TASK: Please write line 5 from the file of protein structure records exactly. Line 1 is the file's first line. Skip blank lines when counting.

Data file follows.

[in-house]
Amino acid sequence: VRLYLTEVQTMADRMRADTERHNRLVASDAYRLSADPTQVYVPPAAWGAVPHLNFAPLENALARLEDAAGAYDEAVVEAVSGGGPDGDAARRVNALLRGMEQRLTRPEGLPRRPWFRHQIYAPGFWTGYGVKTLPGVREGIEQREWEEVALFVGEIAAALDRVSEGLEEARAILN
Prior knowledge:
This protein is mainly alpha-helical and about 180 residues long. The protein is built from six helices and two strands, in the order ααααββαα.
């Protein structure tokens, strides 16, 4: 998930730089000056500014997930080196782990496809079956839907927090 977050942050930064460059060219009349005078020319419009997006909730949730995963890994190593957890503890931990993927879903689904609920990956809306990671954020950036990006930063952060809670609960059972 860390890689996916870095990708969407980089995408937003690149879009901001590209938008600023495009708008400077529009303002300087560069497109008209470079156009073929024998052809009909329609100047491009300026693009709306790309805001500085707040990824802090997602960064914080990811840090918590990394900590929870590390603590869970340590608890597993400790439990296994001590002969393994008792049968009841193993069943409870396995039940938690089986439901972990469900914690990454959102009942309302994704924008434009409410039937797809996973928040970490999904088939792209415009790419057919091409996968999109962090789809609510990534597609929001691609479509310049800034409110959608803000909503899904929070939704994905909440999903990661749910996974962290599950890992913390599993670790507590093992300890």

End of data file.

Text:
């Protein structure tokens, strides 16, 4: 998930730089000056500014997930080196782990496809079956839907927090 977050942050930064460059060219009349005078020319419009997006909730949730995963890994190593957890503890931990993927879903689904609920990956809306990671954020950036990006930063952060809670609960059972 860390890689996916870095990708969407980089995408937003690149879009901001590209938008600023495009708008400077529009303002300087560069497109008209470079156009073929024998052809009909329609100047491009300026693009709306790309805001500085707040990824802090997602960064914080990811840090918590990394900590929870590390603590869970340590608890597993400790439990296994001590002969393994008792049968009841193993069943409870396995039940938690089986439901972990469900914690990454959102009942309302994704924008434009409410039937797809996973928040970490999904088939792209415009790419057919091409996968999109962090789809609510990534597609929001691609479509310049800034409110959608803000909503899904929070939704994905909440999903990661749910996974962290599950890992913390599993670790507590093992300890």